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Resolved power assets can’t service debt as Covid-19 pandemic has reduced demand


New Delhi: Stressed power assets resolved in the last 18 months are unable to generate adequate cash as the pandemic has reduced demand and made debt-servicing difficult, leaving lenders worried about resolution of more such projects with an outstanding debt of Rs 90,000 crore.

The turnaround time of these projects has increased because of the pandemic, raising concerns on fresh investments in the sector amid global focus on renewable energy, sources said.

Lenders and government interventions have been able to resolve 14 of the 34 identified stressed plants in the last one and half years. However, at least a dozen more coal-based projects with about 17,000 MW capacity are under various stages of resolution.

While the total outstanding debt of the 34 stressed power plants is to the tune of Rs 1.9 lakh crore, the debt of these 17,000 MW projects is about Rs 90,000 crore. The debt exposure of the projects that have been resolved is approximately Rs 70,000 crore.

A recent evaluation of stressed assets in power sector showed that most resolved projects are facing problems in debt servicing due to inadequate cash generation from operations.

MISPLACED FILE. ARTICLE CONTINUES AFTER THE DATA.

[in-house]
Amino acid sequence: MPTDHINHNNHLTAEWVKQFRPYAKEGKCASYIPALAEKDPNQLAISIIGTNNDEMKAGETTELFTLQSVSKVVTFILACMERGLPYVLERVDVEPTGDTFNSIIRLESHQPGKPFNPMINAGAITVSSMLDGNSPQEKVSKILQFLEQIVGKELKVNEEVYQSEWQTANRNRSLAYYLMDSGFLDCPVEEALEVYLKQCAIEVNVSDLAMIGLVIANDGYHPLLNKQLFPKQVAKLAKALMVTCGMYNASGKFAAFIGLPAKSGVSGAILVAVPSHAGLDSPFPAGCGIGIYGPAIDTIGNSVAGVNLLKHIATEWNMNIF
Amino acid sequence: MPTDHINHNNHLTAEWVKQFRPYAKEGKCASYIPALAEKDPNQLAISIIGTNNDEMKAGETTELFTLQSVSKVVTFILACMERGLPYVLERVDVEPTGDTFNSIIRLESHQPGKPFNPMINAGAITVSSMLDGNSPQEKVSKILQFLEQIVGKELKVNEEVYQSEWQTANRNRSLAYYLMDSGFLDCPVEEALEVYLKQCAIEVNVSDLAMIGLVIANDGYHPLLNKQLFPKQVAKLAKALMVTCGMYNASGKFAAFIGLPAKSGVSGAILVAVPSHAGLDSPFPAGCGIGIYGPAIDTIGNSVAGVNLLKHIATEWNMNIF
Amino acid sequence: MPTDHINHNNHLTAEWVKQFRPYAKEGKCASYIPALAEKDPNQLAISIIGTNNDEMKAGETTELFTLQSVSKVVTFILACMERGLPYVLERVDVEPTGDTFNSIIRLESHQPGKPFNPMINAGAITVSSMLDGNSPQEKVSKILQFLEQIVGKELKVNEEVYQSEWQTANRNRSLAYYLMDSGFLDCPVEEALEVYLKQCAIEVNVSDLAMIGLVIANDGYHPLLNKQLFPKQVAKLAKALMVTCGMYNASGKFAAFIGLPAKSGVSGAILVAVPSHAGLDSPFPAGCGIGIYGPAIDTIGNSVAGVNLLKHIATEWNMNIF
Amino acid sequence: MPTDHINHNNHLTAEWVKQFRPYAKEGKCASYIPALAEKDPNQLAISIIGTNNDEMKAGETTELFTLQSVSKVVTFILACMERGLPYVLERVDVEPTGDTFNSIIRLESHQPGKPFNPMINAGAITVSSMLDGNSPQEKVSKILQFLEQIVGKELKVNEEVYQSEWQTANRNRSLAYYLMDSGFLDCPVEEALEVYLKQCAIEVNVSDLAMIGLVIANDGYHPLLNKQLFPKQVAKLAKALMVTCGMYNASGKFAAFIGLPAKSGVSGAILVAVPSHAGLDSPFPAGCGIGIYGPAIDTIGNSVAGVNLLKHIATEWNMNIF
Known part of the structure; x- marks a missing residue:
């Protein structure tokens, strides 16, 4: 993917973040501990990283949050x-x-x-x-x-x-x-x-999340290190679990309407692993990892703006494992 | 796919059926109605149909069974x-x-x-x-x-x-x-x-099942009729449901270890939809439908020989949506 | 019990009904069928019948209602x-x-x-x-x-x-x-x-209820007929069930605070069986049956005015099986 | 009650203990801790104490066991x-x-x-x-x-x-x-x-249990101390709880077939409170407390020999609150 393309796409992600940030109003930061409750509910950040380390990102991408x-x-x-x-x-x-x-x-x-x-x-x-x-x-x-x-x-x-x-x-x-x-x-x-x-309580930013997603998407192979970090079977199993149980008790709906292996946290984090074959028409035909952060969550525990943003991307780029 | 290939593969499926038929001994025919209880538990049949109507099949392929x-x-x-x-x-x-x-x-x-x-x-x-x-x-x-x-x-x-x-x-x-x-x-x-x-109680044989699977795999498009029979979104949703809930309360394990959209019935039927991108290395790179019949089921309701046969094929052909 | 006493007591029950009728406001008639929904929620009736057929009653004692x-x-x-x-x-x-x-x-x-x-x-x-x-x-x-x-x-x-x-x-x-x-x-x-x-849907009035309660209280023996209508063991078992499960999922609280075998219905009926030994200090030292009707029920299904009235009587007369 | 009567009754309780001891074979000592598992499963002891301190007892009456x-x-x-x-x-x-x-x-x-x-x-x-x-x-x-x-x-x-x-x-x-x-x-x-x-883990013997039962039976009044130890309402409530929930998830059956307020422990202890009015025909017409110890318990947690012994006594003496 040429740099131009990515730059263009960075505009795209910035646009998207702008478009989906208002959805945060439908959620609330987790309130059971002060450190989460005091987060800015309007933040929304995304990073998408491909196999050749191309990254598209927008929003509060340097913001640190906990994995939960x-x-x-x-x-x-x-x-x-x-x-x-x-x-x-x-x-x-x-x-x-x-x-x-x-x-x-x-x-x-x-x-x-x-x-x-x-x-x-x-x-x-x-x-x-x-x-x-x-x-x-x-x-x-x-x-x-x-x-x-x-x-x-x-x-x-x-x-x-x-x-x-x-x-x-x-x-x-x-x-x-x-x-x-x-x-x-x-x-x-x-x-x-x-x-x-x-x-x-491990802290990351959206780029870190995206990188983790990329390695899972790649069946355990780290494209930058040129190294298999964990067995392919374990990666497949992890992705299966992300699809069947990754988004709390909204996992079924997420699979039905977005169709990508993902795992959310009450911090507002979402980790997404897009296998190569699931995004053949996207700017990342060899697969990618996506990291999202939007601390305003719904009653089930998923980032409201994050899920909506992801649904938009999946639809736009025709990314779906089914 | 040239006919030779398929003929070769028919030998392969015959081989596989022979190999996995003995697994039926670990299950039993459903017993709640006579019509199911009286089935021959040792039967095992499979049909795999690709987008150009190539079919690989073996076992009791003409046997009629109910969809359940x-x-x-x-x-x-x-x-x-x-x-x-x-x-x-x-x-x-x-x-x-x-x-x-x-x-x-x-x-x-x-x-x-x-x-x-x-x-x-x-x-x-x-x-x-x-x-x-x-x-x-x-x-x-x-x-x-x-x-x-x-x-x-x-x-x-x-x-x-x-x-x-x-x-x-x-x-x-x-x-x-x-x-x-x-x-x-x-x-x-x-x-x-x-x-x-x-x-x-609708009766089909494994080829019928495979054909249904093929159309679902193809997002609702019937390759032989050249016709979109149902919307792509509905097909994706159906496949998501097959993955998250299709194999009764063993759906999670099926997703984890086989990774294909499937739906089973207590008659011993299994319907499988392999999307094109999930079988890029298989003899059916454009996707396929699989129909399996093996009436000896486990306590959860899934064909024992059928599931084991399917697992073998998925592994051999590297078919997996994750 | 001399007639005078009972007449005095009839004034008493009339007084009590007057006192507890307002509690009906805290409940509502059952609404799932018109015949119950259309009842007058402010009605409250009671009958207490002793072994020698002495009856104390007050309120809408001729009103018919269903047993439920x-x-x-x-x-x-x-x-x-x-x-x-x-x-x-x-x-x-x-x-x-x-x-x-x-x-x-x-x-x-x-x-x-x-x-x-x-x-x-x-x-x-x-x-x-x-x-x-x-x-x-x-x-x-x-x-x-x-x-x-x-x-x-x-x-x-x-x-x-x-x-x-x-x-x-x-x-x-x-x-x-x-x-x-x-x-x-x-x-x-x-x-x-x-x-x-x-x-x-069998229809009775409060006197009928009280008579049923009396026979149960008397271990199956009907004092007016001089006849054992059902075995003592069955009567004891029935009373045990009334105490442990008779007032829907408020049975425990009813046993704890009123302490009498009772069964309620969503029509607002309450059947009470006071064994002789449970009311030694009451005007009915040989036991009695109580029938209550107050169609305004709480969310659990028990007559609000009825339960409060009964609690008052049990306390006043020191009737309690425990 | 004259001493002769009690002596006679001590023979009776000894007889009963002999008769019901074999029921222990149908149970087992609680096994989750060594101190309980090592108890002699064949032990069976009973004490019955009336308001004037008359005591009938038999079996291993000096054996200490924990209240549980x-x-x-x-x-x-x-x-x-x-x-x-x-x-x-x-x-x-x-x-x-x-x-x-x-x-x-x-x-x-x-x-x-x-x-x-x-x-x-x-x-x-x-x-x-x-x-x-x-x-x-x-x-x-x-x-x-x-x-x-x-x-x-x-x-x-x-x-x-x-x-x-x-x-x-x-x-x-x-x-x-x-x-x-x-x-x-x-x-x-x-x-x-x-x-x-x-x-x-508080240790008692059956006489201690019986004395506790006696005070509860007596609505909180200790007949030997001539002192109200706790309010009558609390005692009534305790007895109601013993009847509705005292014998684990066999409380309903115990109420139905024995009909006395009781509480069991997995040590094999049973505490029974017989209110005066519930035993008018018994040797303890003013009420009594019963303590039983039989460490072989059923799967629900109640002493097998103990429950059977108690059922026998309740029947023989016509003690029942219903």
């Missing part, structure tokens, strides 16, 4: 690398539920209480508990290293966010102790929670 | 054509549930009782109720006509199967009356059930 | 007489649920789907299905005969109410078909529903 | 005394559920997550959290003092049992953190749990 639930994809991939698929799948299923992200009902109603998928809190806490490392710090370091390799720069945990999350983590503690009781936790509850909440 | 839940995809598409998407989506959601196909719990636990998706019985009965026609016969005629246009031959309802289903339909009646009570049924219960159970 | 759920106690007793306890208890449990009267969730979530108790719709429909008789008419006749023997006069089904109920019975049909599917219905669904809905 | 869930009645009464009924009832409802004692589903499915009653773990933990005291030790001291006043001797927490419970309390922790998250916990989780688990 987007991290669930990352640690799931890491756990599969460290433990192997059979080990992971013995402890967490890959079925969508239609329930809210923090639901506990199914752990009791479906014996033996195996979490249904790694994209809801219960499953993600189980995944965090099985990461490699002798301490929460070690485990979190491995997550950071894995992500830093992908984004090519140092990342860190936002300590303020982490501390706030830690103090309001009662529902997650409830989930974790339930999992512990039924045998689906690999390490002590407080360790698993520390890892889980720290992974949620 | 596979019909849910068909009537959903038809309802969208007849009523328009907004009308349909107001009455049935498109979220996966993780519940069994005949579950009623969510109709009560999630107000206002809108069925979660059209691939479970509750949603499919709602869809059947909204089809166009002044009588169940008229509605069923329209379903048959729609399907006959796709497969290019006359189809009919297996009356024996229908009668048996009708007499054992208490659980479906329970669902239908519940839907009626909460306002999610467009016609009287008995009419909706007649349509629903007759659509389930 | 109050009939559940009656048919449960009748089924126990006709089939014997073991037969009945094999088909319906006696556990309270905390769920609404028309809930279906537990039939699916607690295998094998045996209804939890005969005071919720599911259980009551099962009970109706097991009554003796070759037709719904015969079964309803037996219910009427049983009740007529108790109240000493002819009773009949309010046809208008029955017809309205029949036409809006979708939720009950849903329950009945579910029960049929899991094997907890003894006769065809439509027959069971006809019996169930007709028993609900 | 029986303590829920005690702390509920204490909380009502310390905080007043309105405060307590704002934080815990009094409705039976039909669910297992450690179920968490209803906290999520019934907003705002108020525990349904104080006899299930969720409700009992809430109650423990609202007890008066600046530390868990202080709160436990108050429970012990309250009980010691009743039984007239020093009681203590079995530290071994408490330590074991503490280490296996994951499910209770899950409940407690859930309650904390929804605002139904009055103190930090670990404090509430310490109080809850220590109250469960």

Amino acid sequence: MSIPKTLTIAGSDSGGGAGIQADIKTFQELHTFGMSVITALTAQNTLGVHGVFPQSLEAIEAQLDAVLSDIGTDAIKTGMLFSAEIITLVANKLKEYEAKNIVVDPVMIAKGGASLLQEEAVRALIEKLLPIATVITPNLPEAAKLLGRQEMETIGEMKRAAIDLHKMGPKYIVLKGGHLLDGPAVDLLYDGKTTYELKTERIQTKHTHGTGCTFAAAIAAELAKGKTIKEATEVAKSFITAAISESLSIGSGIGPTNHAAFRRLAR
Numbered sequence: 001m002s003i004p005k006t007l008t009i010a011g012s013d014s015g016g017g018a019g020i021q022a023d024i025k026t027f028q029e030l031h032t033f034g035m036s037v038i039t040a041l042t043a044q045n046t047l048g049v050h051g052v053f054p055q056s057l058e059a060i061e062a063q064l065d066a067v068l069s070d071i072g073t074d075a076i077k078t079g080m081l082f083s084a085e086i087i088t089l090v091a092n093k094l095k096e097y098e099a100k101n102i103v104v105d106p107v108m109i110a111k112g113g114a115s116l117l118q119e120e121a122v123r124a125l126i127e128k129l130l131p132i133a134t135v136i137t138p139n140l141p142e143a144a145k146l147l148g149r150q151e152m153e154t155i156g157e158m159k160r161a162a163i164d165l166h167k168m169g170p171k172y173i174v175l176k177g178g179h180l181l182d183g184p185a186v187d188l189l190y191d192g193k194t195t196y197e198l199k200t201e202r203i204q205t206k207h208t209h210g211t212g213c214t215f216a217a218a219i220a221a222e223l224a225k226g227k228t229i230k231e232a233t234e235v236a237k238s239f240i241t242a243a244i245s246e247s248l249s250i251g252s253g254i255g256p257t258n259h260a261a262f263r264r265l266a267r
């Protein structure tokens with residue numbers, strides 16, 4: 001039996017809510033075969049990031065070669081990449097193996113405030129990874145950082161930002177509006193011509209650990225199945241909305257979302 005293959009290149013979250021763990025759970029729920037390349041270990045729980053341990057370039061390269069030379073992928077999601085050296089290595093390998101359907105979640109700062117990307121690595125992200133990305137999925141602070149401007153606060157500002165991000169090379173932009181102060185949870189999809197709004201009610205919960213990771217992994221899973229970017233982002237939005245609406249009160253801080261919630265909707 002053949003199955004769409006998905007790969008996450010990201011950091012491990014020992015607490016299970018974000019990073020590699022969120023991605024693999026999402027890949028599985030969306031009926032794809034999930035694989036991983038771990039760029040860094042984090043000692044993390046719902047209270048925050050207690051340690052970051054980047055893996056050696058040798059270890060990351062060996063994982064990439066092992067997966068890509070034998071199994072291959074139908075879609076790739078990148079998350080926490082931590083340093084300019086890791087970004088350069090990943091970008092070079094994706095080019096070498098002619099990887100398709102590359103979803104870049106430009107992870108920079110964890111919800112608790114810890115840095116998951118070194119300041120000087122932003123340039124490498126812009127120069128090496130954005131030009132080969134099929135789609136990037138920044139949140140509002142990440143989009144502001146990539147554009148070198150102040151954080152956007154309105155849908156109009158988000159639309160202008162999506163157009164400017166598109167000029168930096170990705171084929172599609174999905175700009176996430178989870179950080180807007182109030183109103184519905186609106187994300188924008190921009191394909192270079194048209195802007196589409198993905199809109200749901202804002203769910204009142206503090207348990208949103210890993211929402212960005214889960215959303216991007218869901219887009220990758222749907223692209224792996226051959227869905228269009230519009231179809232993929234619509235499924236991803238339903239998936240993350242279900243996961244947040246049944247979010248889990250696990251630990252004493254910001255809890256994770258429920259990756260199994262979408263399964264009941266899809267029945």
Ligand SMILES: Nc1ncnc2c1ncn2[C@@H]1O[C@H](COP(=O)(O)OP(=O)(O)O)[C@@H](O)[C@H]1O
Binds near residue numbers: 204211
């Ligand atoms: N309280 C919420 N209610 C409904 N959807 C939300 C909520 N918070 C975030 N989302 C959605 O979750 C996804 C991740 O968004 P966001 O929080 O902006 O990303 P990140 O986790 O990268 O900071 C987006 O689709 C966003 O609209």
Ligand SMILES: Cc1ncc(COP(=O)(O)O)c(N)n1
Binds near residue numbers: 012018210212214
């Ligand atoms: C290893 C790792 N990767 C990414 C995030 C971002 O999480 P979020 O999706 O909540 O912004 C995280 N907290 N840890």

“EBITDA (earnings before interest, tax, depreciation and amortization) of many of the resolved projects continues to be low and they may not be able to meet their debt obligations,” one of the lenders told ET on condition of anonymity. “Lack of long-term power purchase agreements, drop in electricity demand pre and post Covid, lack of coal supply arrangements are some of the factors responsible for the low earnings. We are concerned about resolution of remaining assets as these experiences may further lower investment sentiments.”

Sale attempts of stressed projects like Essar Power Mahan Ltd, Athena Chhattisgarh Power and Jindal India Thermal Power have yielded no results, the sources said.

Another lender said the situation may require policy interventions like continuity of PPAs and existing tariffs. The Uttar Pradesh electricity regulatory commission had earlier sought reduction in tariff from Prayagraj Power Generation Corp plant resolved by State Bank of India-led consortium, saying selling power sector assets by banks at lesser valuation without tariff adjustment will create a “perverse incentive” for buying these assets and create undue “arbitrage”. The demand was set aside by Appellate Tribunal for Electricity.

Association of Power Producers director general Ashok Khurana said turnaround time of stressed projects is contingent upon resolution of underlying systemic stress factor—adequate fuel availability and power off-take arrangements. “With the increase in coal availability, it is time to de-couple coal linkage and PPAs, to enable these stranded assets to generate power and sell in market or DEEP portal, to generate some cash flow to meet interest payment liabilities,” he said.

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